Washington, D.C. – United States Trade Representative Ron Kirk announced today that the United States is requesting the establishment of a World Trade Organization (WTO) compliance panel to address the European Union’s (EU) failure to remove WTO-inconsistent subsidies to Airbus.
“We refuse to stand by while American businesses and workers are disadvantaged,” Ambassador Kirk said. “The European Union’s aircraft subsidies have cost American aerospace companies tens of billions of dollars in lost revenue, which has cost American workers their jobs and hurt their families and communities. By taking this action today, we are reiterating the Obama Administration’s commitment to ensuring that every one of our trading partners plays by the rules, and that American companies can compete on a level playing field. The United States remains prepared to engage with the EU in any meaningful efforts that will lead to the goal of ending subsidized financing at the earliest possible date.”
In June 2011, the WTO ruled that the EU and four of its member States conferred more than $18 billion in subsidized financing to Airbus, and that European government launch aid had been used to support the creation of every model of large civil aircraft produced by Airbus. The WTO found that these subsidies caused Boeing to lose sales of more than 300 aircraft and to lose market share throughout the world. In fact, in looking at the effect of the EU subsidies, the Appellate Body confirmed the Panel’s finding that, among the most plausible scenarios was that “[w]ithout the subsidies, Airbus would not have existed… and there would be no Airbus aircraft on the market. None of the sales that the subsidized Airbus made would have occurred.” In contrast, the WTO rejected the EU assertion that U.S. subsidies were responsible for the viability of Boeing’s large civil aircraft production.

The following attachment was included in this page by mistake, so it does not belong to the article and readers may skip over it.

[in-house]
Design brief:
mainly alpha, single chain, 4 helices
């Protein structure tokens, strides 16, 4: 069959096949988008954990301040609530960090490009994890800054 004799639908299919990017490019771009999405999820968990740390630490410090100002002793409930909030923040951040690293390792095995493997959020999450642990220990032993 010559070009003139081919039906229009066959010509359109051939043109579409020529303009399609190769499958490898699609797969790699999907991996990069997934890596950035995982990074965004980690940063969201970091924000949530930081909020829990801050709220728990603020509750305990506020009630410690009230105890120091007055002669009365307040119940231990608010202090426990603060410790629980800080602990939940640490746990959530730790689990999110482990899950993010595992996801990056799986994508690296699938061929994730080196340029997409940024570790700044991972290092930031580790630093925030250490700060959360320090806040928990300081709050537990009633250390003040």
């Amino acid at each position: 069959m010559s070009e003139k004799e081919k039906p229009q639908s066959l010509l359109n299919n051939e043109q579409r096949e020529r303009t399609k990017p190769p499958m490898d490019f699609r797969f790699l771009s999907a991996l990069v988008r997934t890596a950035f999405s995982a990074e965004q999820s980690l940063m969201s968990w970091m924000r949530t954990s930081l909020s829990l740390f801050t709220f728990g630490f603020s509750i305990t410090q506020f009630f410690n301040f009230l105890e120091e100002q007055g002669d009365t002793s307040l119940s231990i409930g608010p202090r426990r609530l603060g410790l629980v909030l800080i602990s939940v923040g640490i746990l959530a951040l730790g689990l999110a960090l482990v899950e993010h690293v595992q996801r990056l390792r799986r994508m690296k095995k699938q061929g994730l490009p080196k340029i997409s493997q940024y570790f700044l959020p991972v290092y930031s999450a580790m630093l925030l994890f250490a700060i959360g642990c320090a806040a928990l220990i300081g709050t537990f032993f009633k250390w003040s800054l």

In December 2011, the EU claimed to have removed the WTO inconsistencies, but provided no evidence to support its claims. However, the EU has not removed its WTO-inconsistent subsidies and has even provided new ones. To provide the EU with an additional opportunity to explain its claims, the United States held consultations with the EU in January 2012. The EU was unable or unwilling to substantiate its claims to have addressed the WTO inconsistencies, and the consultations failed to resolve the dispute.
The United States has asked for a meeting of the WTO Dispute Settlement Body on April 13, 2012, to address this issue. Pursuant to an agreement between the United States and the EU, a panel will be established at that meeting.
The Boeing Company is the only American producer of large civil aircraft and is the largest single U.S. exporter. Boeing is headquartered in Chicago, IL, and has major facilities around the country, including in Washington, South Carolina and Kansas. The company employs more than 157,000 people and sold $31.8 billion worth of commercial aircraft in 2010. Boeing is the largest American manufacturer of commercial jetliners and military aircraft, with additional capabilities in helicopters, electronic and defense systems, missiles, satellites and advanced information and communications systems.